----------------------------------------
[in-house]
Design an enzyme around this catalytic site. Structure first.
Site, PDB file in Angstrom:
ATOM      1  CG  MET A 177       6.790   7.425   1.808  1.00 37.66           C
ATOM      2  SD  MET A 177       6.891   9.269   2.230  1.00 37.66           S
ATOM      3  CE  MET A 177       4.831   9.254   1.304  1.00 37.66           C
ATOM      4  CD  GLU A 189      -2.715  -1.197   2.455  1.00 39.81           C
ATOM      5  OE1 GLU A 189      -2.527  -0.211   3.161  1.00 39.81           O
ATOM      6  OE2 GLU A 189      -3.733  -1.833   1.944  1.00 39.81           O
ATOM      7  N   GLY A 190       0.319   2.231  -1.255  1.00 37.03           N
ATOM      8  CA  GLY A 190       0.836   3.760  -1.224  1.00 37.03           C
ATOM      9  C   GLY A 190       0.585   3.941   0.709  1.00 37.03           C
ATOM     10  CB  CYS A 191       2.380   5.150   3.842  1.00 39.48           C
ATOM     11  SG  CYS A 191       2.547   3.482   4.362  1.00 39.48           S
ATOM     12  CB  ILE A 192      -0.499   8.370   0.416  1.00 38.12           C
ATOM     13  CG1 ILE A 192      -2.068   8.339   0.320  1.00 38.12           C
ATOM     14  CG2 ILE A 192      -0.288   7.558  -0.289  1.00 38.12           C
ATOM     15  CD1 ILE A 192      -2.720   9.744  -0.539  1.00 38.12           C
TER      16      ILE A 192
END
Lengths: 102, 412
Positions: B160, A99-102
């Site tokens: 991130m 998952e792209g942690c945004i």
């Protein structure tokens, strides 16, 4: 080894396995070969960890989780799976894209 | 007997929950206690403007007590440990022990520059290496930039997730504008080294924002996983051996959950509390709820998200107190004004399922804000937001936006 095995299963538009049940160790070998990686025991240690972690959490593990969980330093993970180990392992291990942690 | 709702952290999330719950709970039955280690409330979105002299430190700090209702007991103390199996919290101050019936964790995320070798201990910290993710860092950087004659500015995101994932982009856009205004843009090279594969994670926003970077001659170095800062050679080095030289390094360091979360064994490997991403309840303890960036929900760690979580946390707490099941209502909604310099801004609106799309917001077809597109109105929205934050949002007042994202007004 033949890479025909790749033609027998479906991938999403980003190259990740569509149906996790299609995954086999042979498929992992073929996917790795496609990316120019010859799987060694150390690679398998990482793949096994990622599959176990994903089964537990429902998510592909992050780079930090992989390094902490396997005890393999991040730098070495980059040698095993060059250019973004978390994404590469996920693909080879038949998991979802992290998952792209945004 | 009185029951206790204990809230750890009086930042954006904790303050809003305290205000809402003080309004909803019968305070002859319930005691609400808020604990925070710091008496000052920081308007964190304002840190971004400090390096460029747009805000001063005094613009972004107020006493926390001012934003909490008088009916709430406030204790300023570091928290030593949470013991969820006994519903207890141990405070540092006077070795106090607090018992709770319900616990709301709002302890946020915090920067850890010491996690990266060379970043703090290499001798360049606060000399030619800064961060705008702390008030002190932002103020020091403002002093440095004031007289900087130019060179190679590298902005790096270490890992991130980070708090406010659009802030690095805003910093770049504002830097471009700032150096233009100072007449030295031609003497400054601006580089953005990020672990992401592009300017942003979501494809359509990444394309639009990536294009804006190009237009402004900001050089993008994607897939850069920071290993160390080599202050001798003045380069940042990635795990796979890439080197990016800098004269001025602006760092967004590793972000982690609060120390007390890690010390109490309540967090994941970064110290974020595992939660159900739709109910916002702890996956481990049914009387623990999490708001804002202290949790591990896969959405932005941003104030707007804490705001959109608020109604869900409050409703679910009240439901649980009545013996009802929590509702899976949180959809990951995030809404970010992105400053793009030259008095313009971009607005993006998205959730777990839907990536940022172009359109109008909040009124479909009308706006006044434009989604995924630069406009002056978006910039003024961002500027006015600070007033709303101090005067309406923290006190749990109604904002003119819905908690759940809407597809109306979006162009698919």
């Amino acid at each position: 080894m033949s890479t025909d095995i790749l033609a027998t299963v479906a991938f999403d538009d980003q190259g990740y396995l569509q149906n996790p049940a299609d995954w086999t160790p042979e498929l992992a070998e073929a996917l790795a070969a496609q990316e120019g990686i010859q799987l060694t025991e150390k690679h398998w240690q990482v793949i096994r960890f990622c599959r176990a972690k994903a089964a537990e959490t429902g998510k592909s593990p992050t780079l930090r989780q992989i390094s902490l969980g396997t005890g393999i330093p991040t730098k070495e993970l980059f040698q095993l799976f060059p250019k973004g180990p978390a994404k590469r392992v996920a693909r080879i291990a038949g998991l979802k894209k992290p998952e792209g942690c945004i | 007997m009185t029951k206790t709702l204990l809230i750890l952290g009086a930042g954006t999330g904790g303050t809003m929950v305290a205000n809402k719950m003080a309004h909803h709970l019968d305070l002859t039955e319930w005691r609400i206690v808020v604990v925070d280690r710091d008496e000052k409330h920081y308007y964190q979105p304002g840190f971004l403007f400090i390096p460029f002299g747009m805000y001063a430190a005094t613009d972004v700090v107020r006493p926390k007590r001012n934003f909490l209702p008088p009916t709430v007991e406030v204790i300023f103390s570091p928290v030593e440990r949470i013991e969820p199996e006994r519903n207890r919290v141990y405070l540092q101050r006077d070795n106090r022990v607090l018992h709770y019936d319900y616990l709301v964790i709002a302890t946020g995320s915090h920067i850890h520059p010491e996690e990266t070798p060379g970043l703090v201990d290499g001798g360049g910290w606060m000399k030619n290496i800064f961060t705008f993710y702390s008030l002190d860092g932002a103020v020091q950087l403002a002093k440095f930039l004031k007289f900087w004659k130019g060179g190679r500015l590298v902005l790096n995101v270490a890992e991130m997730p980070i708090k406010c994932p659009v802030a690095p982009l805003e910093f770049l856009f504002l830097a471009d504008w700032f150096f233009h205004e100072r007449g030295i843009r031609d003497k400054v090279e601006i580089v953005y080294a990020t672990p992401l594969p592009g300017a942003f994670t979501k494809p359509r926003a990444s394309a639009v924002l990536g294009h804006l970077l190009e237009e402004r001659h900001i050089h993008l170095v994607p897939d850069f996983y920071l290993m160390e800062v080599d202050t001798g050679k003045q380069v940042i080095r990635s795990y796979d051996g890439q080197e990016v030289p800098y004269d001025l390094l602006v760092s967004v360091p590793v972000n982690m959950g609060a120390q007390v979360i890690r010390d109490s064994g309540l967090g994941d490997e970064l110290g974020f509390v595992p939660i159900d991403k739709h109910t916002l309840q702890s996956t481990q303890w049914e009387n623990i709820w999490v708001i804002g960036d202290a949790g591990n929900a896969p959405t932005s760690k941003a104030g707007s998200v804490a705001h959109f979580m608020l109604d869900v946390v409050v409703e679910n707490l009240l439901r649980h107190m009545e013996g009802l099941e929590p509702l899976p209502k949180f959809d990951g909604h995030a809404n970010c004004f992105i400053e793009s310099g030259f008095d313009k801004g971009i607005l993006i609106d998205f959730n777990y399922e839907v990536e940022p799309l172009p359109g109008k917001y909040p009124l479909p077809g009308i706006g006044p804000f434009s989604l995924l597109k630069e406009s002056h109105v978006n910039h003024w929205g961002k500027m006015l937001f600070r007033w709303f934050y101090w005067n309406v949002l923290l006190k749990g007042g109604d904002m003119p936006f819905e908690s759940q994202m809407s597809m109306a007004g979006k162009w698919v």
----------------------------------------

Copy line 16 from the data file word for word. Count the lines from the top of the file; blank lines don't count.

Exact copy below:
ATOM     13  CG1 ILE A 192      -2.068   8.339   0.320  1.00 38.12           C